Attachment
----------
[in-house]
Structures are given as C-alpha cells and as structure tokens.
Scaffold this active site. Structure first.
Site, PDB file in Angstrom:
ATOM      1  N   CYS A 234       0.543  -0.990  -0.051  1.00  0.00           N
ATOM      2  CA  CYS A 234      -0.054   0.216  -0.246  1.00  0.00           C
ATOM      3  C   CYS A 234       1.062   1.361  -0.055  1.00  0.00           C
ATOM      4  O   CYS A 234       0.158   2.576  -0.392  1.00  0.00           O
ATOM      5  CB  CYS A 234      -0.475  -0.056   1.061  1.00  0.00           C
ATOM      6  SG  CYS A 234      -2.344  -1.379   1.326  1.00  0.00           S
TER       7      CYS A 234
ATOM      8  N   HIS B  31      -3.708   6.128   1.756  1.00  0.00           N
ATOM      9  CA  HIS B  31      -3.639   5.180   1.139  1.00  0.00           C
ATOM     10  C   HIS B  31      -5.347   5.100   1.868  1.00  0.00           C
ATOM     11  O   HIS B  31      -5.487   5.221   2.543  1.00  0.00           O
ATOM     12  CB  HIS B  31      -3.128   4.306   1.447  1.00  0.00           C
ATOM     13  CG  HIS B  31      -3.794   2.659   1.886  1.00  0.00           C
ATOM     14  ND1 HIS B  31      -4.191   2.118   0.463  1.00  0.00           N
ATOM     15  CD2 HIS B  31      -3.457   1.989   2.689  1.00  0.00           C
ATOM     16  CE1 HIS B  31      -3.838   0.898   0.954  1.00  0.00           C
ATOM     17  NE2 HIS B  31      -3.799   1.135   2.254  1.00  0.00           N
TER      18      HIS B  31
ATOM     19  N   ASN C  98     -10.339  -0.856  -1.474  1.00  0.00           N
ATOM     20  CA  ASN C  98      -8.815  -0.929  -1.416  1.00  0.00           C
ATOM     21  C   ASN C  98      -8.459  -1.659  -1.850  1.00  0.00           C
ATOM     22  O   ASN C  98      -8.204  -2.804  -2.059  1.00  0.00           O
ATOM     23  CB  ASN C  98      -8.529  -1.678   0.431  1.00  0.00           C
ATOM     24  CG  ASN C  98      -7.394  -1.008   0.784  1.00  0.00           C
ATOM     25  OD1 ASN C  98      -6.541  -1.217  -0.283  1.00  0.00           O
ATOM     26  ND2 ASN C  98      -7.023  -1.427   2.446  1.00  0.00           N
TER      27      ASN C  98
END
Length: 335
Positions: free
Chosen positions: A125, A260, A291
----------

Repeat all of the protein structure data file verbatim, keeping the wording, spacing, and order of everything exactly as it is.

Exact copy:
[in-house]
Structures are given as C-alpha cells and as structure tokens.
Scaffold this active site. Structure first.
Site, PDB file in Angstrom:
ATOM      1  N   CYS A 234       0.543  -0.990  -0.051  1.00  0.00           N
ATOM      2  CA  CYS A 234      -0.054   0.216  -0.246  1.00  0.00           C
ATOM      3  C   CYS A 234       1.062   1.361  -0.055  1.00  0.00           C
ATOM      4  O   CYS A 234       0.158   2.576  -0.392  1.00  0.00           O
ATOM      5  CB  CYS A 234      -0.475  -0.056   1.061  1.00  0.00           C
ATOM      6  SG  CYS A 234      -2.344  -1.379   1.326  1.00  0.00           S
TER       7      CYS A 234
ATOM      8  N   HIS B  31      -3.708   6.128   1.756  1.00  0.00           N
ATOM      9  CA  HIS B  31      -3.639   5.180   1.139  1.00  0.00           C
ATOM     10  C   HIS B  31      -5.347   5.100   1.868  1.00  0.00           C
ATOM     11  O   HIS B  31      -5.487   5.221   2.543  1.00  0.00           O
ATOM     12  CB  HIS B  31      -3.128   4.306   1.447  1.00  0.00           C
ATOM     13  CG  HIS B  31      -3.794   2.659   1.886  1.00  0.00           C
ATOM     14  ND1 HIS B  31      -4.191   2.118   0.463  1.00  0.00           N
ATOM     15  CD2 HIS B  31      -3.457   1.989   2.689  1.00  0.00           C
ATOM     16  CE1 HIS B  31      -3.838   0.898   0.954  1.00  0.00           C
ATOM     17  NE2 HIS B  31      -3.799   1.135   2.254  1.00  0.00           N
TER      18      HIS B  31
ATOM     19  N   ASN C  98     -10.339  -0.856  -1.474  1.00  0.00           N
ATOM     20  CA  ASN C  98      -8.815  -0.929  -1.416  1.00  0.00           C
ATOM     21  C   ASN C  98      -8.459  -1.659  -1.850  1.00  0.00           C
ATOM     22  O   ASN C  98      -8.204  -2.804  -2.059  1.00  0.00           O
ATOM     23  CB  ASN C  98      -8.529  -1.678   0.431  1.00  0.00           C
ATOM     24  CG  ASN C  98      -7.394  -1.008   0.784  1.00  0.00           C
ATOM     25  OD1 ASN C  98      -6.541  -1.217  -0.283  1.00  0.00           O
ATOM     26  ND2 ASN C  98      -7.023  -1.427   2.446  1.00  0.00           N
TER      27      ASN C  98
END
Length: 335
Positions: free
Chosen positions: A125, A260, A291